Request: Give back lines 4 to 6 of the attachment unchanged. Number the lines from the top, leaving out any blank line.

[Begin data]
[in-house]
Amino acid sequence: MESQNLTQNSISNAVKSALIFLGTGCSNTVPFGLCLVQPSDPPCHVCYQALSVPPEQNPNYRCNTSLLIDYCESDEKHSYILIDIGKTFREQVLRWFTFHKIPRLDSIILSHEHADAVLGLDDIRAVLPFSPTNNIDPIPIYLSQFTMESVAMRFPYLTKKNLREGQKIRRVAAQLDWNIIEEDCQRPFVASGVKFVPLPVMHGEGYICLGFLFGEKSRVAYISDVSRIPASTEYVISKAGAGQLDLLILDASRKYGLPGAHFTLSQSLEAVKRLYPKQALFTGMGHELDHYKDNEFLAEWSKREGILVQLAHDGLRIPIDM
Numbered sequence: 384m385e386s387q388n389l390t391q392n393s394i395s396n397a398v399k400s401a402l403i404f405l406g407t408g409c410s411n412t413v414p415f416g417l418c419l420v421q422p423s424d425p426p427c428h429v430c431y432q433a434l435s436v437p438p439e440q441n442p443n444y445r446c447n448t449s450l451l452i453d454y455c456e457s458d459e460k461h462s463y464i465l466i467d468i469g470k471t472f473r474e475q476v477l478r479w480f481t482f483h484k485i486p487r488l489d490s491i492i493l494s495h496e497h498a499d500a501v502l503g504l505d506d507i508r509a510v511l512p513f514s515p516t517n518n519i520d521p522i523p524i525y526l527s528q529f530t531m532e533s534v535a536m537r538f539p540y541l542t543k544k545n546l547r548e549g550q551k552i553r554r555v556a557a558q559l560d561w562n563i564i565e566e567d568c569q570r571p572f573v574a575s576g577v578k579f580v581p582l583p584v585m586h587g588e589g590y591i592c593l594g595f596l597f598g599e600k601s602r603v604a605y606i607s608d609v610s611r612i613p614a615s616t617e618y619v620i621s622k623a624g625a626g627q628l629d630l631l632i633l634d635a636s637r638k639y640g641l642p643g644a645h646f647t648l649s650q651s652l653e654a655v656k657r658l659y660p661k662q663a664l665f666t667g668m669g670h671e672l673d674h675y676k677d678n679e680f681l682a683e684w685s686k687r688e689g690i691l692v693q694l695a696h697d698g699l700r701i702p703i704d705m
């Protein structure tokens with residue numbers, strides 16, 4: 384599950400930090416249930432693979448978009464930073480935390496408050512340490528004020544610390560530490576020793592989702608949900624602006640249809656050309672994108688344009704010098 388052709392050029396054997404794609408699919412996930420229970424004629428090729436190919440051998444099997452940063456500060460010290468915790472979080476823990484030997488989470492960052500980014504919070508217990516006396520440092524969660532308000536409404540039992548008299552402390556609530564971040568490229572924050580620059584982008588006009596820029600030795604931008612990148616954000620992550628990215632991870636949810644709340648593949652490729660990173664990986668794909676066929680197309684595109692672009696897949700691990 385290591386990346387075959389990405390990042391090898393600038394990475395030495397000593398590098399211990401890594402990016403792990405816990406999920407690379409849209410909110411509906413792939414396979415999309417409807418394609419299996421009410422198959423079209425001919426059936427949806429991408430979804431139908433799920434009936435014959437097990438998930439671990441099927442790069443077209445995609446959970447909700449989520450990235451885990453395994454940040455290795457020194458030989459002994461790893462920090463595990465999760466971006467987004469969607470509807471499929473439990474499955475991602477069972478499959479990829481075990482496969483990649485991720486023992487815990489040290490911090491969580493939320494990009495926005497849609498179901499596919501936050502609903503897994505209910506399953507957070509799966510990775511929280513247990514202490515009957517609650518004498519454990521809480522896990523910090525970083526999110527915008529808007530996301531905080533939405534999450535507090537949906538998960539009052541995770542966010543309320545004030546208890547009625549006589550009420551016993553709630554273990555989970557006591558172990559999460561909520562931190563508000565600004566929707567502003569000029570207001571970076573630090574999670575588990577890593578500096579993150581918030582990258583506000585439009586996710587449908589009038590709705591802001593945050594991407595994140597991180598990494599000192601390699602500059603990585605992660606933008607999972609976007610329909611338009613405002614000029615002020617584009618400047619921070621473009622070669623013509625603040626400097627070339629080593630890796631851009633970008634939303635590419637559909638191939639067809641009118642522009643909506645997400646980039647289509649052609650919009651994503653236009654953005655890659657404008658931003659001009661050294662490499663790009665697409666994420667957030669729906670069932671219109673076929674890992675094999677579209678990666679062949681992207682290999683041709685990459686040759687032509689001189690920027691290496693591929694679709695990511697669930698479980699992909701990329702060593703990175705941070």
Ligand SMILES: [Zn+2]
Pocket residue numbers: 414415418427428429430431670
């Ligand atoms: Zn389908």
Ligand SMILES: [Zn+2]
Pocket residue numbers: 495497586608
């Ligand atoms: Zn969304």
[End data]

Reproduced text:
């Protein structure tokens with residue numbers, strides 16, 4: 384599950400930090416249930432693979448978009464930073480935390496408050512340490528004020544610390560530490576020793592989702608949900624602006640249809656050309672994108688344009704010098 388052709392050029396054997404794609408699919412996930420229970424004629428090729436190919440051998444099997452940063456500060460010290468915790472979080476823990484030997488989470492960052500980014504919070508217990516006396520440092524969660532308000536409404540039992548008299552402390556609530564971040568490229572924050580620059584982008588006009596820029600030795604931008612990148616954000620992550628990215632991870636949810644709340648593949652490729660990173664990986668794909676066929680197309684595109692672009696897949700691990 385290591386990346387075959389990405390990042391090898393600038394990475395030495397000593398590098399211990401890594402990016403792990405816990406999920407690379409849209410909110411509906413792939414396979415999309417409807418394609419299996421009410422198959423079209425001919426059936427949806429991408430979804431139908433799920434009936435014959437097990438998930439671990441099927442790069443077209445995609446959970447909700449989520450990235451885990453395994454940040455290795457020194458030989459002994461790893462920090463595990465999760466971006467987004469969607470509807471499929473439990474499955475991602477069972478499959479990829481075990482496969483990649485991720486023992487815990489040290490911090491969580493939320494990009495926005497849609498179901499596919501936050502609903503897994505209910506399953507957070509799966510990775511929280513247990514202490515009957517609650518004498519454990521809480522896990523910090525970083526999110527915008529808007530996301531905080533939405534999450535507090537949906538998960539009052541995770542966010543309320545004030546208890547009625549006589550009420551016993553709630554273990555989970557006591558172990559999460561909520562931190563508000565600004566929707567502003569000029570207001571970076573630090574999670575588990577890593578500096579993150581918030582990258583506000585439009586996710587449908589009038590709705591802001593945050594991407595994140597991180598990494599000192601390699602500059603990585605992660606933008607999972609976007610329909611338009613405002614000029615002020617584009618400047619921070621473009622070669623013509625603040626400097627070339629080593630890796631851009633970008634939303635590419637559909638191939639067809641009118642522009643909506645997400646980039647289509649052609650919009651994503653236009654953005655890659657404008658931003659001009661050294662490499663790009665697409666994420667957030669729906670069932671219109673076929674890992675094999677579209678990666679062949681992207682290999683041709685990459686040759687032509689001189690920027691290496693591929694679709695990511697669930698479980699992909701990329702060593703990175705941070």
Ligand SMILES: [Zn+2]
Pocket residue numbers: 414415418427428429430431670